The key to digital transformation

Rufus Leonard in the news

This article was originally published by Manufacturing Management on 13th May 2019 – Written by Co-Founder and Chair, Neil Svensen.

We’re seeing an era-defining shift across all business sectors – and it’s nothing to do with Europe. The so-called fourth industrial revolution (the rise of digital technologies) is entering a new phase that’s changing the way we live and work at a very profound level. Whether you call it AI, machine learning or robotics, in over 30 years I’ve not seen anything that matches the power of these technologies in their ability to radically transform the way all industries work. It’s important to understand this isn’t just about technology as a specialist topic that sits on its own. It’s about how this technology is fundamentally transforming, quite frankly, everything. And how the manufacturing industry can make the most of this opportunity.

Intelligent platforms have been around a long time, but an increase in computing power means we can now use them in business – with benefits to every type of organisation. From taking care of mundane tasks (so human employees can do more human things like looking after customers), to forecasting, quality control, experience design and building supply networks that are efficient and flexible, manufacturing organisations are already using these technologies to take leaps forward in the services and strategies they can offer. We’re looking at the potential to make employees happier and more productive whilst driving amazing new products and services – improving efficiency, minimising costs and increase scalability.

industrial manufacturing industry digital

Once it starts, changes happen at speed. The sector is clearly trying to capitalise on the benefits this opportunity. With an estimated $333 billion combined spend on digital transformation solutions in 2018 – nearly 30% of the year’s digital transformation spend worldwide[1] - it’s clear the sector are trying to capitalise on the opportunities afforded by Industry 4.0.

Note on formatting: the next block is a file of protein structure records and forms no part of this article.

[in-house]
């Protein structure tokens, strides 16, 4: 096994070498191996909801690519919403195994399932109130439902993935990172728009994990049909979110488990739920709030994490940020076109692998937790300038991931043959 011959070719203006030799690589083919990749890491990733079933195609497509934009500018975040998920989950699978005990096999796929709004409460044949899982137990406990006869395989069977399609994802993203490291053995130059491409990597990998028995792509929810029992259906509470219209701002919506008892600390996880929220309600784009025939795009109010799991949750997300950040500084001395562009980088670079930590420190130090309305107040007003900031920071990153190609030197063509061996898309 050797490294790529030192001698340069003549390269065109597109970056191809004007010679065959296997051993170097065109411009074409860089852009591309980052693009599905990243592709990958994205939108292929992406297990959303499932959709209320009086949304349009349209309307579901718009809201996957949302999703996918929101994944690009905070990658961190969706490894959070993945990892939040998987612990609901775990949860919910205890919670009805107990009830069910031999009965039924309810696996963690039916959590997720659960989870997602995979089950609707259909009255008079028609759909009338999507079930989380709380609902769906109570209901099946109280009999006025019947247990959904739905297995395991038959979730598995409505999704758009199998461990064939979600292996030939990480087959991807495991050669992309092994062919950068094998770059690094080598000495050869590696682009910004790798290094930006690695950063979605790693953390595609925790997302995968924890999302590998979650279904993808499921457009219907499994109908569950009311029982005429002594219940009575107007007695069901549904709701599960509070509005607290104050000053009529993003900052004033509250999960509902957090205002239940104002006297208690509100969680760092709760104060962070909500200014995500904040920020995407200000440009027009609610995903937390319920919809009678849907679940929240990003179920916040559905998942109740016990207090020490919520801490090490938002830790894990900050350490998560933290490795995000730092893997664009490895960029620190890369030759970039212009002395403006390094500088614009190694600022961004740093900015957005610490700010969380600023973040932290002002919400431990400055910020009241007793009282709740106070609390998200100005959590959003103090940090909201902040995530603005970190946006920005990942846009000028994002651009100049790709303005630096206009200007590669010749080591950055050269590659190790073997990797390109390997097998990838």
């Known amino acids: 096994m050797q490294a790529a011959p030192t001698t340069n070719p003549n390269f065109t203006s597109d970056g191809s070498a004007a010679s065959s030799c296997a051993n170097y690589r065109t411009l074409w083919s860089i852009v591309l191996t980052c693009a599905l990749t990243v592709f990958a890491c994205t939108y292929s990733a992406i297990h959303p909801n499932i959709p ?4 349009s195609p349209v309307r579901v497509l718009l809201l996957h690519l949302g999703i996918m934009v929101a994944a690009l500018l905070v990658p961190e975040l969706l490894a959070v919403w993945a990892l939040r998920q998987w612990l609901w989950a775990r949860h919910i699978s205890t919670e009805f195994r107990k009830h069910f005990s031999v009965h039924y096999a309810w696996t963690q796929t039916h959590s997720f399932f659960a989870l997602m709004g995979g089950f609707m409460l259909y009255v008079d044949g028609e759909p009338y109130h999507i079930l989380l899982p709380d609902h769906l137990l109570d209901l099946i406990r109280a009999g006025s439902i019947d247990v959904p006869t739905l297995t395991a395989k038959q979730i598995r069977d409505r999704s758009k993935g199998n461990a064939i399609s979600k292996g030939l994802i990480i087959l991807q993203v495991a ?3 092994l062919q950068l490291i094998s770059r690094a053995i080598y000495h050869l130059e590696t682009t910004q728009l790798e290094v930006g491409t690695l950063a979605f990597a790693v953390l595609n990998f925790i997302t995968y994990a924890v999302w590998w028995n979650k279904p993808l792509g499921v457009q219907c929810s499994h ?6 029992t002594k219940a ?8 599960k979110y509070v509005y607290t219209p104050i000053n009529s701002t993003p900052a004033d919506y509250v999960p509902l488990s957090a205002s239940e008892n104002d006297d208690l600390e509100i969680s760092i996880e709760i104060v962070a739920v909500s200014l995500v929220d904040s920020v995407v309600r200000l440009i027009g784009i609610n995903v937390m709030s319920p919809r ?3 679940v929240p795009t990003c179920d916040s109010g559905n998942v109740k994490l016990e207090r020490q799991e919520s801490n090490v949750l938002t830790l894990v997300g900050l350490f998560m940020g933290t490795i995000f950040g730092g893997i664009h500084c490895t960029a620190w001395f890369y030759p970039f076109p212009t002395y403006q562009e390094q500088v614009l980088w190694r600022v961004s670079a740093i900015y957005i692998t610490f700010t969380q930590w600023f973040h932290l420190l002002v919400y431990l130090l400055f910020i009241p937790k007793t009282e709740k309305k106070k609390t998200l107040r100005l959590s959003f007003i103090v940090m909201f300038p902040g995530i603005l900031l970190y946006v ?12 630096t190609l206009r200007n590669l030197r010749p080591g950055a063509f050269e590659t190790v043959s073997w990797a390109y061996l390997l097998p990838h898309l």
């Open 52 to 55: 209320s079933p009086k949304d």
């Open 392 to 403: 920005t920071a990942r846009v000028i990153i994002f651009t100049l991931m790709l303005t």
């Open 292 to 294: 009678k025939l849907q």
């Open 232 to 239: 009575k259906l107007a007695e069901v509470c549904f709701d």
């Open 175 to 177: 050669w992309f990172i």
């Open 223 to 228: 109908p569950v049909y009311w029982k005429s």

Failure to embrace the amazing opportunities here will only, really, be due to poor organisation structure and cultural issues. What many companies don’t realise is that complete organisation reform is needed – not just the introduction of a new technology set. All employees need to understand the level of change that’s happening and to work collaboratively for these advanced technologies to really show their worth and help manufacturing companies establish closer relationships with customers (identified as the lead reason for offering servitisation in Barclay’s Annual Manufacturing Report).

manufacturing industrial innovation

Your communication strategy here is essential. When change is coming and people don’t understand it, they can become disengaged, which then creates barriers in implementation. It’s therefore crucial to have total fundamental understanding and engagement from all levels of the organisation. It’s really one of the big and most overlooked challenges. Here are some ways to solve it:

Start at the top
Clear and driven senior vision or ownership is vital for this level of organisational transformation, so it’s important to communicate clearly and effectively at board level. While smart machines are highly effective for organisations, leaders are still the first to push this idea forward. Only they can ask the crucial questions needed to capitalise on newly discovered business opportunities in a world of data.

Show technology in action
One problem for people working in AI is that they focus on the technology rather than the outcome. We need to think about how to turn the technological advances into something that both technical and non-technical people appreciate. You can do this by creating powerful examples that show intelligent technology in action, demystifying it while demonstrating the benefits.

digital innovation branding manufacturer

Speak their language

Machine learning, intelligent machines, cognitive platforms – these new digital tools use a language that many find confusing or impenetrable. Finding ways to simplify the terminology and underline their value for executive board members will help bring them on board as well as giving them the tools they need to communicate the changes to their teams. Glossaries can help everyone get to grips with new terminology at their own pace.

Often communication is seen as an afterthought, belonging to the internal communications department. However, when used properly across the entire business, it can be a powerful tool to guide a business forward, bridging the needs of the business and its customers alike. What you have is a unifying platform for employees to get behind and help initiate change at all levels.

Manufacturing organisations must, like all other businesses, make sure they fully explain the organisational transformation that bringing in these new advanced platforms and capabilities will require. Being clear about the fundamental changes that are happening, how you can incorporate them into your day-to-day activities, and the benefits you can expect are crucial steps in taking your organisation into the future.